Most states require educational media specialists to have a master's degree in library science. Some states also require educational media specialists to have their teaching certification.
Educational media specialists use technology and other types of multimedia in school libraries to help students and teachers conduct research, make decisions, and complete assignments. These specialists may perform many of the same tasks as librarians, and they have the option of specializing in either primary or secondary schools. Certain states also have requirements for moving into supervisory positions within their school or district.
|Required Education||Master's degree in library science|
|Other Requirements||Teaching certification often required for librarians|
|Projected Job Growth (2018-2028)*||6% for all librarians|
|Average Salary (2018)*||$61,530 for all librarians|
Source: *U.S. Bureau of Labor Statistics
Based on median age estimates for the current workforce, the market for librarians is expected to expand in anticipation of high retirement rates. The U.S. Bureau of Labor Statistics (BLS) expected a six percent increase in employment for librarians between 2018 and 2028 (www.bls.gov). The average librarian job paid $61,530 in 2018, while elementary and high school librarians earned a mean annual salary of $63,720. The mean annual wage for audio-visual collection specialists was $52,270, the BLS reported.
According to the U.S. Department of Education, as of the 2011-12 school year, 79,000 out of 85,500 traditional schools had a library media center. About 30% of those lacked a full-time educational media specialist, because the specialist either was employed only part-time or served multiple schools in the district.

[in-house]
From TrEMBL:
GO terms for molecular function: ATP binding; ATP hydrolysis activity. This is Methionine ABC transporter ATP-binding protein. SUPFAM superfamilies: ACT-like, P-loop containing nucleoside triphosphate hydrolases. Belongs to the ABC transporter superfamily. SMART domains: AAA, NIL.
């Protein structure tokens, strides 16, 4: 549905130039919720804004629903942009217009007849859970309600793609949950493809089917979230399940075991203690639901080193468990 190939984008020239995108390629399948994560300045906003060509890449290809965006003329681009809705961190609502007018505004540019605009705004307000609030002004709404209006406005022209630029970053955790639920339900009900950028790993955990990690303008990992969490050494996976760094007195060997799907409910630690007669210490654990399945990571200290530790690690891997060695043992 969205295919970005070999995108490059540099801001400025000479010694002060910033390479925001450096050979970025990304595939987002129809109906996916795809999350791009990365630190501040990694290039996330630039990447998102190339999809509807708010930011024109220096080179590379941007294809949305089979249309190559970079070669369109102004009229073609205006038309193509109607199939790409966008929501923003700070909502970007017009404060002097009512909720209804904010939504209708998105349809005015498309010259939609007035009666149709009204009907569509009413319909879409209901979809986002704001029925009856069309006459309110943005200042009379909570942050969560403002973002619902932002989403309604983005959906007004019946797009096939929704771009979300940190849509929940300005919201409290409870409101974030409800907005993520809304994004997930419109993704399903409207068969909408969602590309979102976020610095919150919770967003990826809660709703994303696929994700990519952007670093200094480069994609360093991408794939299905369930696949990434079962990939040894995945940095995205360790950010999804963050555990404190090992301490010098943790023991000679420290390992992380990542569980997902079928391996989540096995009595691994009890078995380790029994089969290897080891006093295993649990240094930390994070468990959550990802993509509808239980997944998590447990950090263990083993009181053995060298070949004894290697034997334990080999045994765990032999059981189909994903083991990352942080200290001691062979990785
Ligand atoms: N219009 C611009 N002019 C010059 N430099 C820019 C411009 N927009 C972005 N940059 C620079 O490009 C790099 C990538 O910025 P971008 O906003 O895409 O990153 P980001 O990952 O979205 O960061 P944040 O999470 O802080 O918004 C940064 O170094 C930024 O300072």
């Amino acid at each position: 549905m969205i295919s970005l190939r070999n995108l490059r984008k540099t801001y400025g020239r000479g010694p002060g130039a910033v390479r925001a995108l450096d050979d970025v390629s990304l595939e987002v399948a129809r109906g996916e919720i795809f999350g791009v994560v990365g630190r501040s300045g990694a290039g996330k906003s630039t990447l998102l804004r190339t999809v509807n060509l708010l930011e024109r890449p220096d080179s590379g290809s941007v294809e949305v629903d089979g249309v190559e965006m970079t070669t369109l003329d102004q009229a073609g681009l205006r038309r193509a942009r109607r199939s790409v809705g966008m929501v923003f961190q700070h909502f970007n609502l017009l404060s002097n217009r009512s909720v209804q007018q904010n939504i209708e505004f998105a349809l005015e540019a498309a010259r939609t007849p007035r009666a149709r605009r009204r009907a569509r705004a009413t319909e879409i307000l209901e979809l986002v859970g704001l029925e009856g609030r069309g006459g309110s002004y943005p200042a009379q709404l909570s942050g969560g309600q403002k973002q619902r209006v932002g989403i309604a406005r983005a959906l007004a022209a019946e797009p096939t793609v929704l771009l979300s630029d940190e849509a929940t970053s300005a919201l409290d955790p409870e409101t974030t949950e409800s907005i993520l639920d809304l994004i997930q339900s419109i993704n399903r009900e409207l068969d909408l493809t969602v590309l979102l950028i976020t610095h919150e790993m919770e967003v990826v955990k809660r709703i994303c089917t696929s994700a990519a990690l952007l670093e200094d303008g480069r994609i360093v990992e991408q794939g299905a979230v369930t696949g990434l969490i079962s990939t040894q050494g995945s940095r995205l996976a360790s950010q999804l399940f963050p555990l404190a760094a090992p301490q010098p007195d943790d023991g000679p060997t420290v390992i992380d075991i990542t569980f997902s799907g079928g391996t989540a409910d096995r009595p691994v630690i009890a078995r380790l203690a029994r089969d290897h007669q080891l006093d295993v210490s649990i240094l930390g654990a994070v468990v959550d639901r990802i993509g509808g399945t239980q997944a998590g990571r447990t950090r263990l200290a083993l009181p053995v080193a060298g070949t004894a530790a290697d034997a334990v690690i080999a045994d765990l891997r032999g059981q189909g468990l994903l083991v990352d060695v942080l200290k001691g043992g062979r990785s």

Educational Media Job Requirements
Most jobs require a master's degree in library and information studies from a program accredited by the American Library Association and National Council for the Accreditation of Teacher Education, of which there are forty in the United States. Many schools offer educational media as a side program to a teaching degree, but it is also offered as a major unto itself. Students learn about reference and information services, K-12 literature, book repair and the usage of computer applications in-class.
They also require state teacher certification. Acquisition of a teaching license requires the specialist to maintain a portfolio of teaching work and pass a written exam. Some education degrees also offer library certification programs. Some states, such as New Hampshire, require master's degrees only for supervisory positions.
Most master's degree programs require applicants to pass the PRAXIS II Library Media Specialist exam, which covers program administration, collection development, information access and delivery, learning and teaching, professional development, leadership and advocacy. This test ensures that students can select media resources for the center, use standard resources such as MARC and be familiar with literature as well as educational media technologies such as local area networks and interlibrary resource sharing methods and platforms.
As more information is accessed on computers or from videos or DVDs, the role of a school librarian has expanded to include many forms of media. Many schools now have educational media specialists, who are responsible for completing many of the same tasks librarians did. They assist teachers and students with locating relevant material and researching topics for school assignments.